Have you heard of 'The Internet of Things'? In short, it's a working theory where it won't just be PC terminals, smartphones and laptops that can connect to the internet, but a whole host of everyday items, such as televisions, fridge-freezers, and washing machines.
It is proposed that such household products will be able to send and receive data just as the more traditional devices do, as they'll all be linked together, connected via the power of the internet.
Thinking and linking
This 'Internet of things' is rapidly catching on, and now it's making waves in the lighting world. We've already talked about how smart lighting is starting to gather pace in a previous blog post, but just how intelligent can such lighting become, and how does this link back to the Internet of things?
In an article appearing in Forbes, it is argued that LEDs, which are widely regarded as the future of lighting design, differ from traditional incandescent and fluorescent bulbs in that they can be far more easily networked. This means that, when rigged up to a network with the proper programming, light can more efficiently fill the space that it has been assigned to – according to the area's dimensions, too.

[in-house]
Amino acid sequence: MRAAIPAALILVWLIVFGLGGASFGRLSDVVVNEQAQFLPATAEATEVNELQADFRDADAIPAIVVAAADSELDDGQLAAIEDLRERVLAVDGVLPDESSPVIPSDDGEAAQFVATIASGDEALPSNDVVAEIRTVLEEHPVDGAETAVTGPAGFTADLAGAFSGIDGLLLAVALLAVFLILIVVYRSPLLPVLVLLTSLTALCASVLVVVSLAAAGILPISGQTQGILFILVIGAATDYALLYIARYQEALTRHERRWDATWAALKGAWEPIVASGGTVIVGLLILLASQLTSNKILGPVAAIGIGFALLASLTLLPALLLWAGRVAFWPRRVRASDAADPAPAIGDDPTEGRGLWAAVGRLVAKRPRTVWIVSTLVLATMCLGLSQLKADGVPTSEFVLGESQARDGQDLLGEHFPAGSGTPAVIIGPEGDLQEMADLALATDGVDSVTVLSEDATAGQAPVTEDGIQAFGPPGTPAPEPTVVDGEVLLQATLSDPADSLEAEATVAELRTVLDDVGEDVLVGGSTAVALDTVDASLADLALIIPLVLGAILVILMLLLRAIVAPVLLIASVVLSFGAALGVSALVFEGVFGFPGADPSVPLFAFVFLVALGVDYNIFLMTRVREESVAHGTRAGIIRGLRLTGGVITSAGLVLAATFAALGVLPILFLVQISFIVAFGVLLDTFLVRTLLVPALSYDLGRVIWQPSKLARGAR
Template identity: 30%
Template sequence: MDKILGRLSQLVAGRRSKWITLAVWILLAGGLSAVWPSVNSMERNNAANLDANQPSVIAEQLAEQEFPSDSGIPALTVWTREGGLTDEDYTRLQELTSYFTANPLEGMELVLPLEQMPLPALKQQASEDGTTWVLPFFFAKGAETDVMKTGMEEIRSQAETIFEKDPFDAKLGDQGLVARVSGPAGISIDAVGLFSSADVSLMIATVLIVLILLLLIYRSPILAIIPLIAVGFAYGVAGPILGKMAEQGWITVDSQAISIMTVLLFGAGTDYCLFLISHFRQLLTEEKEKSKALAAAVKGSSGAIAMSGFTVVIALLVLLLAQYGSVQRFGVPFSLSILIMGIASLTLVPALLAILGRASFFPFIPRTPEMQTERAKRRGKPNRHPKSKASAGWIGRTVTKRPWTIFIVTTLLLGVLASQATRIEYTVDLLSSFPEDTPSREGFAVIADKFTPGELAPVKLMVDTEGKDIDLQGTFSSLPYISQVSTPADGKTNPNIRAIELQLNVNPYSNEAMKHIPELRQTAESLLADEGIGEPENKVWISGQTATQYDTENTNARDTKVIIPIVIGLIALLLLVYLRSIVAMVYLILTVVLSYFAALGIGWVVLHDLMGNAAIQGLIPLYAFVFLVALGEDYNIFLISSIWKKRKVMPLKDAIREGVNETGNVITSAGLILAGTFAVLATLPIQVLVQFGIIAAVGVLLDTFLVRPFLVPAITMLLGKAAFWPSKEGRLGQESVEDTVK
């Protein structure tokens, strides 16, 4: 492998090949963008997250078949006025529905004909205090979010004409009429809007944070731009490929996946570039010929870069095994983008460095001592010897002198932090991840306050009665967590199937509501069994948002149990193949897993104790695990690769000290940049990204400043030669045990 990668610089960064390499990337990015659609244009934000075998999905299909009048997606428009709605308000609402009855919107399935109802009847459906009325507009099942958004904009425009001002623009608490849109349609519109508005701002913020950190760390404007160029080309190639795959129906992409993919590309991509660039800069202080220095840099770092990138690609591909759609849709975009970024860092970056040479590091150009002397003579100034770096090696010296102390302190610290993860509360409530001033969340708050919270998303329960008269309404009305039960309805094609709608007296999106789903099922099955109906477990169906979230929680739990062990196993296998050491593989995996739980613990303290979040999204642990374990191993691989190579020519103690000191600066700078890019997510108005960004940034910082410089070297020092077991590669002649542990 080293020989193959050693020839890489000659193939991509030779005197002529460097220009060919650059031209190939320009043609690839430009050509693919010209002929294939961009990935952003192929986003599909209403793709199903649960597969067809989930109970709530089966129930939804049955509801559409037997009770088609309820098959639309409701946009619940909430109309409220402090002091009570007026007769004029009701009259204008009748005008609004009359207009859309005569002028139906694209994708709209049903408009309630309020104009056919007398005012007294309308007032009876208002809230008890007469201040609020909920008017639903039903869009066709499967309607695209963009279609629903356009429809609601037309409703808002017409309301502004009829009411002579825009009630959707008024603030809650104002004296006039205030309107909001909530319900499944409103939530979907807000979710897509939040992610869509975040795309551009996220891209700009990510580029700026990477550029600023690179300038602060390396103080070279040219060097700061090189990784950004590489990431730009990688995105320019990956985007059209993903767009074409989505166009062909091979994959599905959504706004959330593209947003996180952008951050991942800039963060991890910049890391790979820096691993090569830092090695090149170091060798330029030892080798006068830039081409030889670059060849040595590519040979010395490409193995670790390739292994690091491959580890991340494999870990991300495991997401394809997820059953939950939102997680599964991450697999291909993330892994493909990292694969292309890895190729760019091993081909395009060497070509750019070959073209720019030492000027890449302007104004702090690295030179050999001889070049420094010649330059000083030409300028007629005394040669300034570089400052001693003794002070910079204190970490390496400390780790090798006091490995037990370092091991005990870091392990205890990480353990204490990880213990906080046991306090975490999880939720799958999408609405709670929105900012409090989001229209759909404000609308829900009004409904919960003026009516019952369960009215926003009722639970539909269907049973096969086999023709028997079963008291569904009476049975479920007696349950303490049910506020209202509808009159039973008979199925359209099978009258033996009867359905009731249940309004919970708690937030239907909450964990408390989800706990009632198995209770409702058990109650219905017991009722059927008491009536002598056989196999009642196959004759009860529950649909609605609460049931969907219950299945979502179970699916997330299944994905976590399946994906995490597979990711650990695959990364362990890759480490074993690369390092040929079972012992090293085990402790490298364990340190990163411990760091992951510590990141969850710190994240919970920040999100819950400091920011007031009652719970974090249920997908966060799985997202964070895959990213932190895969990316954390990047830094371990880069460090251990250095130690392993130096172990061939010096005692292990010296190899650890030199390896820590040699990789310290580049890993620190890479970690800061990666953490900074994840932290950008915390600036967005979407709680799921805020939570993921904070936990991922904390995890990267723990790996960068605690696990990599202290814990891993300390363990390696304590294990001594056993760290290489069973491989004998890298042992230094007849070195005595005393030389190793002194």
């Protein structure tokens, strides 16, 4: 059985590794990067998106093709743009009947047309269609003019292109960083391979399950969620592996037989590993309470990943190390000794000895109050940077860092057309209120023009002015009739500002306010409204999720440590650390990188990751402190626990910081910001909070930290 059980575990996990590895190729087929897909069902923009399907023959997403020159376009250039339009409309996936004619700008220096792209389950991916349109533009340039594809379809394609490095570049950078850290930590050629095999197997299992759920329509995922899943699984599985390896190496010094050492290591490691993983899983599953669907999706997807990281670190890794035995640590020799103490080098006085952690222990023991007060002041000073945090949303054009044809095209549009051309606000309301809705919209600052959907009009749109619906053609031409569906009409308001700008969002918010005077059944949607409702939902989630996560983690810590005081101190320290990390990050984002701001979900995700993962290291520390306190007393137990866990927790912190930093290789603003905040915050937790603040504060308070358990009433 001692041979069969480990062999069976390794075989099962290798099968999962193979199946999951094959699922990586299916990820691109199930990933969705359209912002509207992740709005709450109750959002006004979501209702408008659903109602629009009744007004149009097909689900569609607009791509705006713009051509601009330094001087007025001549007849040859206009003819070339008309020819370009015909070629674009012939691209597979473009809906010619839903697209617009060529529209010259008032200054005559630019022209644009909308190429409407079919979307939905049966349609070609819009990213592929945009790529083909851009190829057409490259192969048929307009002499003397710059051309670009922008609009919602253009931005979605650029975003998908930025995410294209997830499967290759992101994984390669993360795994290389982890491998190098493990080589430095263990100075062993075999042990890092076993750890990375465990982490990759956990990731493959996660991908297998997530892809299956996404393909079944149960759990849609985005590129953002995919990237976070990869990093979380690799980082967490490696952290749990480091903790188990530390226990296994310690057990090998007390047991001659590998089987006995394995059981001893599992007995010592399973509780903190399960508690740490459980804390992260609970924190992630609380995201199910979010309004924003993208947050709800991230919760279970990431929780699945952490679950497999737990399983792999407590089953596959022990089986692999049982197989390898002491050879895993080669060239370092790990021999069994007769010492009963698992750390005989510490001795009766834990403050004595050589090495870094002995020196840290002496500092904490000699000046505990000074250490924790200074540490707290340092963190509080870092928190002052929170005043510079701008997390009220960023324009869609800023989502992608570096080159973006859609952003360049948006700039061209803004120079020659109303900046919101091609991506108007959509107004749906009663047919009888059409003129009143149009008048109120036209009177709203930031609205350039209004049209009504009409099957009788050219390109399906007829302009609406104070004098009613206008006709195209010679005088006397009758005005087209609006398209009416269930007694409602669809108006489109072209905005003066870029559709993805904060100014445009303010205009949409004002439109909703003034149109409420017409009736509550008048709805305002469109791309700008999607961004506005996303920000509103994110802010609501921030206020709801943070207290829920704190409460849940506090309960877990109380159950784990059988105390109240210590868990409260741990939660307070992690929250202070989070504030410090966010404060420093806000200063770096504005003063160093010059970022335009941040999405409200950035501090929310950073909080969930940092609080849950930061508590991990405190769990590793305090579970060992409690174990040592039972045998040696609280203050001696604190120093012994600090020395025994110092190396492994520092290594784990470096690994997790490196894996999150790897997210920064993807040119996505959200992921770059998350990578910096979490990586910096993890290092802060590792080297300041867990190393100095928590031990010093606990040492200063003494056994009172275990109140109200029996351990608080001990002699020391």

Such a process is possible if you consider that an LED is a digital appliance, which an incandescent bulb could never be counted as. Just like a PC and other items that can connect to the internet, an LED can process, display intelligence, and be connected to a network.
Greg Merritt of LED lighting manufacturer Cree equates the rise of smart lighting to that of smartphones which, to function to their full capacity, require an internet connection. That's a striking analogy, and it remains to be seen if smart lighting can replicate that of phones. So by what barometer is lighting considered intelligent?
"If you have to tell lights what to do, they are not intelligent; they are obedient. But if they know what to do, they become intelligent," stated Mr Merritt to Forbes.